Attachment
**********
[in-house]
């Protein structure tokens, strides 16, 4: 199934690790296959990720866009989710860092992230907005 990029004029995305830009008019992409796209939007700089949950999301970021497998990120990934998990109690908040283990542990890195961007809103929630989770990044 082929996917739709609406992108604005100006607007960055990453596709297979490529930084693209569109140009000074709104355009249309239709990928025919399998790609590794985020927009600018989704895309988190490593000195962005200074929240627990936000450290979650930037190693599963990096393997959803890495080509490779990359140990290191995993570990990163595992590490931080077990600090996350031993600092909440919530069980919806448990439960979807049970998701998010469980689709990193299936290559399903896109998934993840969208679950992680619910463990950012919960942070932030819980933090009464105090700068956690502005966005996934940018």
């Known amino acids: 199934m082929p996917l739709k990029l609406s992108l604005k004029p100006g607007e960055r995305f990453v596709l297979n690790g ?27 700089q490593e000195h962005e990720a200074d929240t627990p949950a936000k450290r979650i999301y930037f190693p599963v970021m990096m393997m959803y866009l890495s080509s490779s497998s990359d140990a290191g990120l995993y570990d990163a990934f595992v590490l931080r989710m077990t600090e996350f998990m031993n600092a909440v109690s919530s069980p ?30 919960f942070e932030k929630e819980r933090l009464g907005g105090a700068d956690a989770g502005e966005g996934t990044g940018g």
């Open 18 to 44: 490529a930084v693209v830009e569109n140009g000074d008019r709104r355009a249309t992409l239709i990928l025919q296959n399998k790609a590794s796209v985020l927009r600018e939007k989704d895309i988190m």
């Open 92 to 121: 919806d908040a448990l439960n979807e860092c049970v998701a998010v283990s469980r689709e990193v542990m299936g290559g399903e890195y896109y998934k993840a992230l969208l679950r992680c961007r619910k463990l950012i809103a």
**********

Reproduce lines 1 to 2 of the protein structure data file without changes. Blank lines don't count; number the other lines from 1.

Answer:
[in-house]
């Protein structure tokens, strides 16, 4: 199934690790296959990720866009989710860092992230907005 990029004029995305830009008019992409796209939007700089949950999301970021497998990120990934998990109690908040283990542990890195961007809103929630989770990044 082929996917739709609406992108604005100006607007960055990453596709297979490529930084693209569109140009000074709104355009249309239709990928025919399998790609590794985020927009600018989704895309988190490593000195962005200074929240627990936000450290979650930037190693599963990096393997959803890495080509490779990359140990290191995993570990990163595992590490931080077990600090996350031993600092909440919530069980919806448990439960979807049970998701998010469980689709990193299936290559399903896109998934993840969208679950992680619910463990950012919960942070932030819980933090009464105090700068956690502005966005996934940018």